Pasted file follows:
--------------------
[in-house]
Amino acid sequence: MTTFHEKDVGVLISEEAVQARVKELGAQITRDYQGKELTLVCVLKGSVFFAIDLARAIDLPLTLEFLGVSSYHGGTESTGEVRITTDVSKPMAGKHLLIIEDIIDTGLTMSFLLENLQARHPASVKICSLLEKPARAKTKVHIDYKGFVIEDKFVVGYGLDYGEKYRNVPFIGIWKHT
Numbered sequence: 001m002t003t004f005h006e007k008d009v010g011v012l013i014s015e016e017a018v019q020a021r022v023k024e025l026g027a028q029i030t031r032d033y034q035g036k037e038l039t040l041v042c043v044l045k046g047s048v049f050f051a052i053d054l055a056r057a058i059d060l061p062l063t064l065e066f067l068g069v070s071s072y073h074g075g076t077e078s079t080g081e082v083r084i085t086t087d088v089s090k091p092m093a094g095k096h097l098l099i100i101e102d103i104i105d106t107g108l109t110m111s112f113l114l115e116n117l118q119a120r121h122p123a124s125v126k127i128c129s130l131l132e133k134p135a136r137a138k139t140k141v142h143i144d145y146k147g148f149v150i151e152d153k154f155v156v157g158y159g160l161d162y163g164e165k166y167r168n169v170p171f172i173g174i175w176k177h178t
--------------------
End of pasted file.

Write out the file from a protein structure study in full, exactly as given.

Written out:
[in-house]
Amino acid sequence: MTTFHEKDVGVLISEEAVQARVKELGAQITRDYQGKELTLVCVLKGSVFFAIDLARAIDLPLTLEFLGVSSYHGGTESTGEVRITTDVSKPMAGKHLLIIEDIIDTGLTMSFLLENLQARHPASVKICSLLEKPARAKTKVHIDYKGFVIEDKFVVGYGLDYGEKYRNVPFIGIWKHT
Numbered sequence: 001m002t003t004f005h006e007k008d009v010g011v012l013i014s015e016e017a018v019q020a021r022v023k024e025l026g027a028q029i030t031r032d033y034q035g036k037e038l039t040l041v042c043v044l045k046g047s048v049f050f051a052i053d054l055a056r057a058i059d060l061p062l063t064l065e066f067l068g069v070s071s072y073h074g075g076t077e078s079t080g081e082v083r084i085t086t087d088v089s090k091p092m093a094g095k096h097l098l099i100i101e102d103i104i105d106t107g108l109t110m111s112f113l114l115e116n117l118q119a120r121h122p123a124s125v126k127i128c129s130l131l132e133k134p135a136r137a138k139t140k141v142h143i144d145y146k147g148f149v150i151e152d153k154f155v156v157g158y159g160l161d162y163g164e165k166y167r168n169v170p171f172i173g174i175w176k177h178t